A few New Orleans' fast food workers join national strike
Don Ames Reporting
Service may be a little slow at a few fast food restaurants in the New Orleans today.
A handful New Orleans area fast food workers are expected to take part in a national protest over low wages.
Workers across the country want to call attention to the difficulties of living on the federal minimum wage of $7.25 an hour.
Collette Tippy, Lead Organizer at Stand with Dignity at the New Orleans Workers' Center for Racial Justice, says the local problem goes beyond just fast food workers.
"We have a lot of low wage work here, and a great number of people who aren't able to survive on those low wages."
She says a number of local restaurant workers will participate in spite of their fears.
"We expect a good turnout," Tippy says. "Probably ten to fifteen workers are faced with great fears of retaliation. In spite of their low wages, they have fear of being able to find other work in the New Orleans area."
She says that fear is keeping more fast food workers from walking off the job.
"They're very brave workers who are standing up for their right to earn a living wage here in New Orleans. People are fearful of standing up against their employers and employers do a great deal to ensure that people are terrified of losing their jobs here."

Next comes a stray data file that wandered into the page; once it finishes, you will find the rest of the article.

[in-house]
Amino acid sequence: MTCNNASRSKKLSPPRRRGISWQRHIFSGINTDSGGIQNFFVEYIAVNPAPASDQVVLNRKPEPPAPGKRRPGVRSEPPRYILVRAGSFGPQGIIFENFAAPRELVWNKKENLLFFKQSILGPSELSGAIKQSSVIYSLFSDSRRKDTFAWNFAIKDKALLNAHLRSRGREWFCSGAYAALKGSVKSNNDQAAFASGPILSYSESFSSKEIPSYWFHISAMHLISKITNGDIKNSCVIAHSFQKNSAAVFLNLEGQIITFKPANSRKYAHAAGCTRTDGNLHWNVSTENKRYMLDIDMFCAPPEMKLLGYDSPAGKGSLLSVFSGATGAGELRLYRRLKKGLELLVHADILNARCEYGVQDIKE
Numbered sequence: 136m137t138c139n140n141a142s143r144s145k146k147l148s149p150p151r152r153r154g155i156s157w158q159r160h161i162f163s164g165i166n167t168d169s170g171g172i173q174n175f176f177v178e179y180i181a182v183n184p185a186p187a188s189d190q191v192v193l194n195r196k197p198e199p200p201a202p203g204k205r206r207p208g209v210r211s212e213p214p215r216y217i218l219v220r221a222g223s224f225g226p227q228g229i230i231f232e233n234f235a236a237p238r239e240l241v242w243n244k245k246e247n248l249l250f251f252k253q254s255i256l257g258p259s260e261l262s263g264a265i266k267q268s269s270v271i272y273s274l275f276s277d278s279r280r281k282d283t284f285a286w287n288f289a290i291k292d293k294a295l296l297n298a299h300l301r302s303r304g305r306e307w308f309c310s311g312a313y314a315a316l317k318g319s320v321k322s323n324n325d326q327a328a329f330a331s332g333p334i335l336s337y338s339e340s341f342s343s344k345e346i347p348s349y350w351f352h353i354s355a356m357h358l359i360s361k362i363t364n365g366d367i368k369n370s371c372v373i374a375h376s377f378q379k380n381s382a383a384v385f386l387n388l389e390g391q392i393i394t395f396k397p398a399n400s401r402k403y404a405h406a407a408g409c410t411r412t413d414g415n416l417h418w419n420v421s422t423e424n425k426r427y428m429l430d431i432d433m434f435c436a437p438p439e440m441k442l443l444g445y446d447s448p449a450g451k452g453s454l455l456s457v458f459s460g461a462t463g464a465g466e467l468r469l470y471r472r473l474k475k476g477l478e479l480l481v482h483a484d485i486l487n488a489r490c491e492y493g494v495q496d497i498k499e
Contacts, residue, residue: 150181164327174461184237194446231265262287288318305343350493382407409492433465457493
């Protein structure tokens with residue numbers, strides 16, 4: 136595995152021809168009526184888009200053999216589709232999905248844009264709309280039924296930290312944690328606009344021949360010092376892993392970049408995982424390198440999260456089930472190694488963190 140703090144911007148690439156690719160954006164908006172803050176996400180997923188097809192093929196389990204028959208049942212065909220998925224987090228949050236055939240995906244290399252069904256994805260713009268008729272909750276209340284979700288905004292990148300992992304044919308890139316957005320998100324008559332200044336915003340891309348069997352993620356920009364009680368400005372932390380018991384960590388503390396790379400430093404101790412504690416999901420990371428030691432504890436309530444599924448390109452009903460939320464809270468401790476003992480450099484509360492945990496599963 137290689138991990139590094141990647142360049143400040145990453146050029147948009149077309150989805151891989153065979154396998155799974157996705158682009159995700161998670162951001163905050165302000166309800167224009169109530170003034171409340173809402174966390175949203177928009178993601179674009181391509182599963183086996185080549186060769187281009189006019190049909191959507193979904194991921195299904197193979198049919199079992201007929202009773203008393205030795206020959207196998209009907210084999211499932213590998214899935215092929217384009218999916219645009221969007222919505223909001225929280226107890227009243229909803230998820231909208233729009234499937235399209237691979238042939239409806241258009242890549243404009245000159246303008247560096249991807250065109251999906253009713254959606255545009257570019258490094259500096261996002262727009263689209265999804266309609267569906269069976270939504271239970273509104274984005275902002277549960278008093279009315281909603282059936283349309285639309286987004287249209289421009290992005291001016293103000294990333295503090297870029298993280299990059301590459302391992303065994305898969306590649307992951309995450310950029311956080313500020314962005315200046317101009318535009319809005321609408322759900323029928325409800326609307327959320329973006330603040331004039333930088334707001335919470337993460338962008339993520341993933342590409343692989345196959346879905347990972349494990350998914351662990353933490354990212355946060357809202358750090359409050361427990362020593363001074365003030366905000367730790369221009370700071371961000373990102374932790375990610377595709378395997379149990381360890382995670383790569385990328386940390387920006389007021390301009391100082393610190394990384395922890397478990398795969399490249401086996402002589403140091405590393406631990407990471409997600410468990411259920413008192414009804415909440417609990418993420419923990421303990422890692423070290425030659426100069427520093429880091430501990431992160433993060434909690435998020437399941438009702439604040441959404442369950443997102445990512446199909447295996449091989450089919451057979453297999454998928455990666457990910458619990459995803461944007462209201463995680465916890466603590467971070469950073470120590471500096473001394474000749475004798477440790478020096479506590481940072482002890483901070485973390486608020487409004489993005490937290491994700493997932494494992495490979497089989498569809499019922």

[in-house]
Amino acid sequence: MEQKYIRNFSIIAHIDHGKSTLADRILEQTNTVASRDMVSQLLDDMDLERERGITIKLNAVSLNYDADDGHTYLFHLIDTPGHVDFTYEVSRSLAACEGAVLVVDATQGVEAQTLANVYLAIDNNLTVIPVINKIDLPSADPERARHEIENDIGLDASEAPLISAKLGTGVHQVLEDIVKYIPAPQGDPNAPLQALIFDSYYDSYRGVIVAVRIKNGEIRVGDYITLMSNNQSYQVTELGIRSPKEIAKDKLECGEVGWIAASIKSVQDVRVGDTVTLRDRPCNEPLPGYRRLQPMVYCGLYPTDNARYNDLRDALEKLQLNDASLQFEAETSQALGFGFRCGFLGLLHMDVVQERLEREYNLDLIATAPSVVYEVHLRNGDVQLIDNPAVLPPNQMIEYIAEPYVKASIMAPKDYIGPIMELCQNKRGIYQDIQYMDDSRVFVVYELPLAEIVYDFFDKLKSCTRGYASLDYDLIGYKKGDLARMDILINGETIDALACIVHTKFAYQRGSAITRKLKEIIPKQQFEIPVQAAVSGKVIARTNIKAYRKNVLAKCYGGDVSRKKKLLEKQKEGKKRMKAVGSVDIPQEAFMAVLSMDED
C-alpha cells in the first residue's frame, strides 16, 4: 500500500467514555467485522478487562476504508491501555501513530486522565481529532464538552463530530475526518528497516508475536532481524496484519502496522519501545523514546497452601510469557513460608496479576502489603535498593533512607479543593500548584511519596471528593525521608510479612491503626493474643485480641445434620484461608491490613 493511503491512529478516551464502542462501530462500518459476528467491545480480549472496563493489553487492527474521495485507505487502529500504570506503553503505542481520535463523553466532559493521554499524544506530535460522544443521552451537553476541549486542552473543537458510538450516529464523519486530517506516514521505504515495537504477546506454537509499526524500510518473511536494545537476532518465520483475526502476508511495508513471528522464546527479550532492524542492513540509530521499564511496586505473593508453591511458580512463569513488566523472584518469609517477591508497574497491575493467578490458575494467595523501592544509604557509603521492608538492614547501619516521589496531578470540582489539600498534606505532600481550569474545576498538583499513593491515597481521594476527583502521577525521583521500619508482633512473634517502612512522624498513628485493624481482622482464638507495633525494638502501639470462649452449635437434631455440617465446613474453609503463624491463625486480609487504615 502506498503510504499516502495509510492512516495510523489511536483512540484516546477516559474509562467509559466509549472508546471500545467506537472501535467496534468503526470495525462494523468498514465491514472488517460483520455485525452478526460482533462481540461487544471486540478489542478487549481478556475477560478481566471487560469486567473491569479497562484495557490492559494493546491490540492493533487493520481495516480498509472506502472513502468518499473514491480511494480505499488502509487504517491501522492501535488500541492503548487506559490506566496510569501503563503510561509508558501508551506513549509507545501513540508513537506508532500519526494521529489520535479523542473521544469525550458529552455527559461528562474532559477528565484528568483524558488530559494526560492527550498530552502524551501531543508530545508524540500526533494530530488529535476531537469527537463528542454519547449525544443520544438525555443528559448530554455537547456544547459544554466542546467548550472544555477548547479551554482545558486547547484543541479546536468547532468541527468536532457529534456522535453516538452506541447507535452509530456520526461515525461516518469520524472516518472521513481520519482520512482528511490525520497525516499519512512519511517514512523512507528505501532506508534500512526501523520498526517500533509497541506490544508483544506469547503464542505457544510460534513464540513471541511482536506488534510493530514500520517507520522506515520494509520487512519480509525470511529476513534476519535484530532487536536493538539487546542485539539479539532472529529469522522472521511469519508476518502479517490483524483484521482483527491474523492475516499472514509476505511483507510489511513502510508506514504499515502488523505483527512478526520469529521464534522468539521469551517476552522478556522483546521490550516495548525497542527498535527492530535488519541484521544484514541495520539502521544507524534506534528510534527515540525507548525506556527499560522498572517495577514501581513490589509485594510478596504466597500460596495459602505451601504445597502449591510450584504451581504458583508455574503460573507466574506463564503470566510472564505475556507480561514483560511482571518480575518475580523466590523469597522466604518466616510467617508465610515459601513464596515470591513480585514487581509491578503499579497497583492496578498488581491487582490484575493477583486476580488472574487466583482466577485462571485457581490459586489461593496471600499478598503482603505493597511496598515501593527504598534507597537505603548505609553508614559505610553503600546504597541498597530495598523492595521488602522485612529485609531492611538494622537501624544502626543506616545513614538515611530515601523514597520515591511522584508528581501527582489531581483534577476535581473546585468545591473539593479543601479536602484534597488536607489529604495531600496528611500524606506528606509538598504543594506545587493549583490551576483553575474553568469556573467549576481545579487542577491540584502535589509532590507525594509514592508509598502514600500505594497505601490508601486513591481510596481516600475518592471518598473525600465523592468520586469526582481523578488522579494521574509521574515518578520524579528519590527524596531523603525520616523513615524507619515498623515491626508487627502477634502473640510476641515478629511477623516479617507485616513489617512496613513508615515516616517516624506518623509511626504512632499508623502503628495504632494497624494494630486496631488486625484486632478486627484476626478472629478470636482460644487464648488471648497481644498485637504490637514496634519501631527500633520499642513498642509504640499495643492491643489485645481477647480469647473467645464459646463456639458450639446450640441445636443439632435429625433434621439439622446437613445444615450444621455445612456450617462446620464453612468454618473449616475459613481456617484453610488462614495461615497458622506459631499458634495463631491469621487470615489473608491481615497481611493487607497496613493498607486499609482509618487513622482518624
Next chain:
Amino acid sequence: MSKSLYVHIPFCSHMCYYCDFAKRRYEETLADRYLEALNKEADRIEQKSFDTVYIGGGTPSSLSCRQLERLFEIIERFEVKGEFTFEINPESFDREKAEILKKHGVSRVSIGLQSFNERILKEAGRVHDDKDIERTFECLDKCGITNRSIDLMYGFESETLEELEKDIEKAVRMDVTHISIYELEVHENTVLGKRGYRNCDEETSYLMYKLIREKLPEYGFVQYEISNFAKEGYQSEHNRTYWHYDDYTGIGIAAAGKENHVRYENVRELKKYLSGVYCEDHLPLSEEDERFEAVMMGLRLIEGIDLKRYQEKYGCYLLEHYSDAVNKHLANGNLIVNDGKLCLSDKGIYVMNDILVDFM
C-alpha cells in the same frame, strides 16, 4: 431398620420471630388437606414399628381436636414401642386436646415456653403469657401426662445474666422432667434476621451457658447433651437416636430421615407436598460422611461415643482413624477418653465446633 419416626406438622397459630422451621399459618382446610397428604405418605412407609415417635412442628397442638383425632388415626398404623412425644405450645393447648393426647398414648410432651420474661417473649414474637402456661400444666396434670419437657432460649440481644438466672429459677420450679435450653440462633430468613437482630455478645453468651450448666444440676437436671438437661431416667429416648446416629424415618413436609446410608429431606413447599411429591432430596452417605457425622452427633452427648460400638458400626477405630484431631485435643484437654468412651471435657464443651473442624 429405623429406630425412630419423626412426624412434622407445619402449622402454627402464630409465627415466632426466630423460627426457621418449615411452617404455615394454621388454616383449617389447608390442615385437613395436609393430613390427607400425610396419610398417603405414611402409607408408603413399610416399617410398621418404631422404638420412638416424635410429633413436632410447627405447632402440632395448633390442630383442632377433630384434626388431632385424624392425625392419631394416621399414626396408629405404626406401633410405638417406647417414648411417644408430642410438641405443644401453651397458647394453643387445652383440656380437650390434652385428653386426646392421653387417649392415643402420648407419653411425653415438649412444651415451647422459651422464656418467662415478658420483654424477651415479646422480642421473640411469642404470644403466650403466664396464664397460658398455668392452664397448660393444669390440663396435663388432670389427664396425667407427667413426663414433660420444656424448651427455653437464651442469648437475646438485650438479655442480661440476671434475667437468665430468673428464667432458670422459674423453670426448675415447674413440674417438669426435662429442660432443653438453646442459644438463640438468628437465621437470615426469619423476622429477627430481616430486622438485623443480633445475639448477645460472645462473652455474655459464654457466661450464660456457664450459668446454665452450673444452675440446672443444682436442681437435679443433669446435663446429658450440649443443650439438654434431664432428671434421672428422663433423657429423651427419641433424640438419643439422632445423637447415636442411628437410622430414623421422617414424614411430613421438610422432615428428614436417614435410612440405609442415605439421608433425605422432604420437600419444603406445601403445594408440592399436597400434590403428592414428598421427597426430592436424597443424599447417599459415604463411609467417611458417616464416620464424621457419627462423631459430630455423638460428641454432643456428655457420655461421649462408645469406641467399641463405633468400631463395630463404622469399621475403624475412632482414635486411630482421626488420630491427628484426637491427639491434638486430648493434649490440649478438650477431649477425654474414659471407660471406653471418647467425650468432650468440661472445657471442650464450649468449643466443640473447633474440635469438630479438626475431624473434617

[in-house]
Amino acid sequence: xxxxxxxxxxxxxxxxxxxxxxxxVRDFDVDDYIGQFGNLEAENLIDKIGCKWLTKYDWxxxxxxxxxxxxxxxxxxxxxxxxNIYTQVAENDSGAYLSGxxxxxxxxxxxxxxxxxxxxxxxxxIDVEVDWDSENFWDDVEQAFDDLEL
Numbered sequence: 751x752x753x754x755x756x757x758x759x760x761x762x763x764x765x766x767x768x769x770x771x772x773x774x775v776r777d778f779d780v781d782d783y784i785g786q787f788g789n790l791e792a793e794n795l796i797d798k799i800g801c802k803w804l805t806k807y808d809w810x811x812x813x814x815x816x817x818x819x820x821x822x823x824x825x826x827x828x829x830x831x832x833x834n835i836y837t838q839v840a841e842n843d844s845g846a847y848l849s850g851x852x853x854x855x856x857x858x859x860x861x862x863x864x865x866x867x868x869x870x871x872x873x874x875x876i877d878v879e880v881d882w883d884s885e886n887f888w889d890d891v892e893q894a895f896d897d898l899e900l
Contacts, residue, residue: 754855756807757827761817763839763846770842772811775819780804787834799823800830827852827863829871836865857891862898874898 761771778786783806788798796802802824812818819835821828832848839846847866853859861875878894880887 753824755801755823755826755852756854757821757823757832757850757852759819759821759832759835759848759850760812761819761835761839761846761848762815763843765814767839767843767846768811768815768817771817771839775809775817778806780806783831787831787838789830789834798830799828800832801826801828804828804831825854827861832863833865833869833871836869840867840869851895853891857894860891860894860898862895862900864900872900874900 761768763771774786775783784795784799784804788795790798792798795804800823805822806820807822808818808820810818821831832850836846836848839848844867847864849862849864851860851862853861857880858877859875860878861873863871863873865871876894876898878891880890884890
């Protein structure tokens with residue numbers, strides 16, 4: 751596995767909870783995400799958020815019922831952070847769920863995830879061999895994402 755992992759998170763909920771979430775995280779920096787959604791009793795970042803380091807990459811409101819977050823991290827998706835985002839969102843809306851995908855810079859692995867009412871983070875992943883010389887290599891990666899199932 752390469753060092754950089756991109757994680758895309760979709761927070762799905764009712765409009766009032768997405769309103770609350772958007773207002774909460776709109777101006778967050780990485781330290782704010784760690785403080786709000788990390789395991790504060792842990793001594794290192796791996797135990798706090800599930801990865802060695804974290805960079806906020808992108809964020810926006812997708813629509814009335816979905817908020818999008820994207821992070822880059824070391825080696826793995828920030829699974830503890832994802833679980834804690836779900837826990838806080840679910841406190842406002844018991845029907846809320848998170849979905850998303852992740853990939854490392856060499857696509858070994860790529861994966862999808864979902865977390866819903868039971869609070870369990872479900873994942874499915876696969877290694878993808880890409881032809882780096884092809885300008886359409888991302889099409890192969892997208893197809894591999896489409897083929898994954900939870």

Tippy says the number of workers who would participate in the strike wasn't clear. But, even if it's as few as ten, it's a huge action for this area.
"I think that it's a growing movement and that low wage workers are tired of being treated like they're disposable workers."
She says restaurants across the Greater New Orleans area will be affected as protesters call for a minimum wage of $15 an hour.
And she's hopeful today's action may inspire other workers to take further action.
STAND is a grass-roots organization of low-income residents and workers in New Orleans.
The New Orleans Workers' Center for Racial Justice is dedicated to organizing workers across race and industry to build the power and participation of workers and communities. The group organizes day laborers, guestworkers, and homeless residents to build movement for dignity and rights in the post-Katrina landscape.